The ESO’s beginnings were humble enough, started as a
community orchestra that gave their first performance at the Pantages Theatre in November 1920. A few of their early conductors were
Vernon Barford, Henri Baron, and Weaver Winter.
In 1932, they
disbanded due to financial hardship, but in 1941, they were resurrected
after a fashion as the Edmonton Philharmonic, under the baton of Abe Fratkin. By
1947, they also had a pops orchestra, and this was led by Lee Hepner.
Symphony Society was established on 31st October 1952. This officially made the ESO a
professional orchestra, with the aforementioned Hepner
as their first conductor. They
performed in the Capitol Theatre, which housed up to 1300 audience members. In 1956, they relocated to the
Northern Alberta Jubilee Auditorium.
resigned in 1960 and was supplanted by associate conductor Tom Rolston from 1960 to 1964. In 1964, Brian Priestman
took the helm, and ran the orchestra until 1968. Lawrence Leonard was his replacement
and took the orchestra into previously uncharted territories.
In 1971, the
ESO recorded a landmark album with Procol Harum, simply titled Procol Harum Live with the Edmonton Symphony
Orchestra. It turned out to
be Procol Harum’s
best-selling record and eclipsed platinum status once the international
totals were in. The LP, now
available in CD form, is thought to be one of the earliest such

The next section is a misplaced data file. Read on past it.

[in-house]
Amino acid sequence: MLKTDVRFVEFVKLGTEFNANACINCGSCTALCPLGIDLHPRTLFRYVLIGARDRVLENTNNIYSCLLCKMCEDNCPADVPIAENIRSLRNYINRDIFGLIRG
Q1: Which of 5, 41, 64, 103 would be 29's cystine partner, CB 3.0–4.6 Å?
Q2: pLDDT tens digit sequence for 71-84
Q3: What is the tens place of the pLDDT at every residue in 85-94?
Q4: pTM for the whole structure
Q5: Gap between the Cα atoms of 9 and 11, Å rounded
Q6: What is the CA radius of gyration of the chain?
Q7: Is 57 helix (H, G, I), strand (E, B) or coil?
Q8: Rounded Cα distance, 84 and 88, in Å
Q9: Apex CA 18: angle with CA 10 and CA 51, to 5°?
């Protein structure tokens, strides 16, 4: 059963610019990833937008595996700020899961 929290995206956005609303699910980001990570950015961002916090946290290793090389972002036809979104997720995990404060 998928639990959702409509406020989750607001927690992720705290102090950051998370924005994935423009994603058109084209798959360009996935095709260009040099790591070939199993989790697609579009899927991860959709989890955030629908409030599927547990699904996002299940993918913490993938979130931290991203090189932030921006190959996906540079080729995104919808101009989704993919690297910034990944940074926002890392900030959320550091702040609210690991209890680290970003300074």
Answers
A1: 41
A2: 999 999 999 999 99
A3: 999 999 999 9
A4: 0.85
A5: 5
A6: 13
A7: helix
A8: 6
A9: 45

collaborations between a rock band and orchestra.
The early ‘70s
were a time of many conductors and recordings, including Music by Haydn, Debussy, Wiren, with John Avison
and Boris Brott, McKuen—The Ballad of Distances: Symphony Suite, Opus 40 and Scarlet and Gold / L’Escarlet
et L’or – Alberta R.C.M.P. Century
Celebrations, 1874-1974, with Tommy Banks, and Music by Ibert, Francaix,
Rameau and Music by Wolf,
Purcell, Adaskin, Warlock, with Pierre Hetu.
became the orchestra’s new conductor in 1981, and they released
several more albums on his watch, such as Canadian and Russian Overtures, Fiala: The Kurelek Suite, Great
Orchestral Marches, Great Tenor
Arias, Great Verdi Arias, Harp Concertos, Music by Britten and Willan, Music by
Forsyth and Freedman, Orchestral
Suites of the British Isles, Russian
Sketches, and Works for Cello and
reign ended in 1994 and Grzegorz Nowak took over
in 1995. The ESO occupied their
new home, the Francis Winspear Centre for Music,
in 1997. Their first concert in
the new venue occurred on 13th September 1997, when they joined
forces with the Calgary Philharmonic to perform “Symphony of a
Thousand” by Gustav Mahler.
In the late
1990s, they issued a handful of CDs:
Electra Rising: Music of Malcolm Forsyth, Music by Smetana and Janacek, and P.J. Perry and the Edmonton Symphony
down in 2002 and a pair of guest conductors, Kazuyoshi Akiyama and
Franz-Paul Decker ran the ship until a full-time replacement, William Eddins, was hired in 2005.
recordings on which the ESO appear include The Arrogant Worms with the Edmonton Symphony Orchestra, Frenergy:
The Music of John Estacio, and Tom Cochrane & Red Rider: The Symphony Sessions.
Edmonton Symphony Orchestra recordings
Overture (Dmitri Kabalevsky)
and Russian Overtures)